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ST. LOUIS (AP) — A federal civil rights lawsuit filed on behalf of two former inmates of the St. Charles County Jail says one was attacked and nearly killed by a jailer, and the other spent months in solitary confinement for no good reason.

The lawsuit was filed Wednesday on behalf of Eric Smith and Ali Qandah, both of St. Louis County. It seeks unspecified damages and names jail staff, St. Charles County, and the county’s corrections director.

Blake Strode of ArchCity Defenders, which along with the law firm Khazaeli Wyrsch filed the suit, said it is clear that “direct and systemic change is needed” at the jail.

St. Charles County spokeswoman Mary Enger said the county “takes seriously its responsibility to the hundreds of inmates placed in custody by the courts each year.” She said the county provides the jail an on-site nursing program, as well as additional contracted nurses, physicians, dentists and psychiatrists. Inmates with more pressing issues are taken to hospitals, she said.

The lawsuit alleges that Smith was attacked last year while serving a 12-day sentence for failing to pay court fines and fees for a traffic violation. It accuses a correctional officer of slamming Smith’s head on a metal stool. The suit says that because a jail staff member downplayed the injury, it was three months before Smith was able to get an MRI showing bleeding in the brain, requiring immediate surgery.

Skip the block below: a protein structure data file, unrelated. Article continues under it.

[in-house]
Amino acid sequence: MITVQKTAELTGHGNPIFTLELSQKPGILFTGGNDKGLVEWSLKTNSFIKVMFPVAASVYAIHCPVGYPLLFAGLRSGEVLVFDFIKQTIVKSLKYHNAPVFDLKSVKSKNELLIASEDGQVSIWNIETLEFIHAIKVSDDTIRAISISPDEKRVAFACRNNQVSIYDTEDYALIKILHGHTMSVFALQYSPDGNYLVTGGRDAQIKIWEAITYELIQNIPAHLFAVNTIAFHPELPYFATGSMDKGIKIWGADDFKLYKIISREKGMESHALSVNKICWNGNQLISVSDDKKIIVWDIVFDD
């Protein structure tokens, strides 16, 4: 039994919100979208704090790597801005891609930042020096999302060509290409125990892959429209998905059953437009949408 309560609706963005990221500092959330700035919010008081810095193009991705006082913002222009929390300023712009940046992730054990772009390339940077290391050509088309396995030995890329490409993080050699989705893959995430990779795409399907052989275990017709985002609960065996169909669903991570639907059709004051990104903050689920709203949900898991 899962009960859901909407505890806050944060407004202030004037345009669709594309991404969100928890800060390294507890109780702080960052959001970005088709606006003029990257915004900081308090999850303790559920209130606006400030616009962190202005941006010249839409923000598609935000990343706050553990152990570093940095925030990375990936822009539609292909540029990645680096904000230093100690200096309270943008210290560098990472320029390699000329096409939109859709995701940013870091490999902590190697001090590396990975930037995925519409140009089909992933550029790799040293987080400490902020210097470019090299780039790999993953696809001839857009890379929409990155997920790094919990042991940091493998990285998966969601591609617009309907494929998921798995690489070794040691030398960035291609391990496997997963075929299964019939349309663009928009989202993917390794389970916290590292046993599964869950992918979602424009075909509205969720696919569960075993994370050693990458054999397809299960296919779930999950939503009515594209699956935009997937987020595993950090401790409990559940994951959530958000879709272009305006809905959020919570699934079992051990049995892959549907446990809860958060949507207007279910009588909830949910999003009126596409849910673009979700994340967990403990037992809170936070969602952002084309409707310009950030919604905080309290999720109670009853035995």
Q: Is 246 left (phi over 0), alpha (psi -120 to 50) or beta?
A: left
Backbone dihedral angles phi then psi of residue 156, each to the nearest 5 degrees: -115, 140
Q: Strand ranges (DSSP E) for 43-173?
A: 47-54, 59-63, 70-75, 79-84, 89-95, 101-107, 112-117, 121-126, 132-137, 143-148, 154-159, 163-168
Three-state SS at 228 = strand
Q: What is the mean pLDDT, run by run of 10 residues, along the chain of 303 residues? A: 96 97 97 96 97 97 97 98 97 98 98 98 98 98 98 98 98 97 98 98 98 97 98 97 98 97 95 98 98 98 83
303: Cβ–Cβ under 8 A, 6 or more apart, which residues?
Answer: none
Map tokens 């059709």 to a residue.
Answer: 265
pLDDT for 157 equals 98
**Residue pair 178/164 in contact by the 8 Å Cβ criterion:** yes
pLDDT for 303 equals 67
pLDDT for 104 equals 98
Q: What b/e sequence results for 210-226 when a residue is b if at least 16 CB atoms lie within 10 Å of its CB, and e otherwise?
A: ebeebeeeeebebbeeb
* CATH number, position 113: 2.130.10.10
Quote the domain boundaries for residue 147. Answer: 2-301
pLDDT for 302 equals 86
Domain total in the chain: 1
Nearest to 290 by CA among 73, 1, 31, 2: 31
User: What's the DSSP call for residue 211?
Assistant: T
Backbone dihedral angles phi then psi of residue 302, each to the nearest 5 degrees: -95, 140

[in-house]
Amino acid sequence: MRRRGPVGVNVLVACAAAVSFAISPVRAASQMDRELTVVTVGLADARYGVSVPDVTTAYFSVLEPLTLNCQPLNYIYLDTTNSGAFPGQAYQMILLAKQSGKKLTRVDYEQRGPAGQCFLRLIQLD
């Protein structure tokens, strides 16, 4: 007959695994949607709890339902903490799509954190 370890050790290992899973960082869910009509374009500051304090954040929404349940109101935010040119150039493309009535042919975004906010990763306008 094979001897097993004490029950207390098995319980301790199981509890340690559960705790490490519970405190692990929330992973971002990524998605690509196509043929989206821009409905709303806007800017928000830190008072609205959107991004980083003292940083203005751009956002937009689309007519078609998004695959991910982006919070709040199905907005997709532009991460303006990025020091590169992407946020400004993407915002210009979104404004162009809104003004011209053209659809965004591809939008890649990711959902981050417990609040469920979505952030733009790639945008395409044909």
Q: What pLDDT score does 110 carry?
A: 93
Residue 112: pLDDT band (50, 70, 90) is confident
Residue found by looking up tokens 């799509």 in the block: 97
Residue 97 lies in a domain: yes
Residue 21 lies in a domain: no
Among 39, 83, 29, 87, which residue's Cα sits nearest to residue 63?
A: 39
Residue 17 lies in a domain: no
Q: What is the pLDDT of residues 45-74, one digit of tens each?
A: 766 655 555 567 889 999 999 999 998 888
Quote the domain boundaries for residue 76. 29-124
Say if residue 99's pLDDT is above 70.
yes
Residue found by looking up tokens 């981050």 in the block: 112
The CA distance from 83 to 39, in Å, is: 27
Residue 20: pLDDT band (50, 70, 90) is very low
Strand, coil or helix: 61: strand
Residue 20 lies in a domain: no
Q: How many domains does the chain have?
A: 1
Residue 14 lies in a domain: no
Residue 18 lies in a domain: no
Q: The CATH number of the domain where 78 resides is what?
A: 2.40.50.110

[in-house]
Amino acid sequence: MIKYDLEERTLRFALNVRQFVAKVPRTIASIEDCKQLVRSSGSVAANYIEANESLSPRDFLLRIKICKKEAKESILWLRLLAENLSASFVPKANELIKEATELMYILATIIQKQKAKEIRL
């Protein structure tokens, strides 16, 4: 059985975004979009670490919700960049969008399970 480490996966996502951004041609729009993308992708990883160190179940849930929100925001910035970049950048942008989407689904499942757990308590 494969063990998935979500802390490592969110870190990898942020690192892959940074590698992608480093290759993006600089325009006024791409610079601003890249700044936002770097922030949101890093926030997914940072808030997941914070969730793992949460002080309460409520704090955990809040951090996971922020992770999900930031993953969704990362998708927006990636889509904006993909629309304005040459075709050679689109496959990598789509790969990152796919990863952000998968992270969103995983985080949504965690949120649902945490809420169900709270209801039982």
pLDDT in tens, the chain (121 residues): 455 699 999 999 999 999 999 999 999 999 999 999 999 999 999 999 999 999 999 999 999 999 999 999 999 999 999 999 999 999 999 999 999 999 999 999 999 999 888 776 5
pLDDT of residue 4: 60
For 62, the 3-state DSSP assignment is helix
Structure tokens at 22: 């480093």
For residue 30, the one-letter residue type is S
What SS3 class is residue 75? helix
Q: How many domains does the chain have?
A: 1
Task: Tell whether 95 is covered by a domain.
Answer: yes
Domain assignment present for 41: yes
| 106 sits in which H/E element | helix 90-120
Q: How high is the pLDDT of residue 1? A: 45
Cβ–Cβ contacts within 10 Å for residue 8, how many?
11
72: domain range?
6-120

“I was sentenced to do time in St. Charles County Jail because I couldn’t afford to pay this fine and I almost died,” Smith, 36, said in a news release. “How many people have been jailed because they were poor and ended up injured, jobless, and scarred for life?”

Qandah, 29, was jailed awaiting trial in 2014. The suit claims he was held in solitary confinement without justification for eight months, harassed for being Arab-American and Muslim, and attacked by another inmate after a correctional officer allowed that inmate into Qandah’s cell. Qandah eventually pleaded guilty to a misdemeanor charge and was released from jail on probation.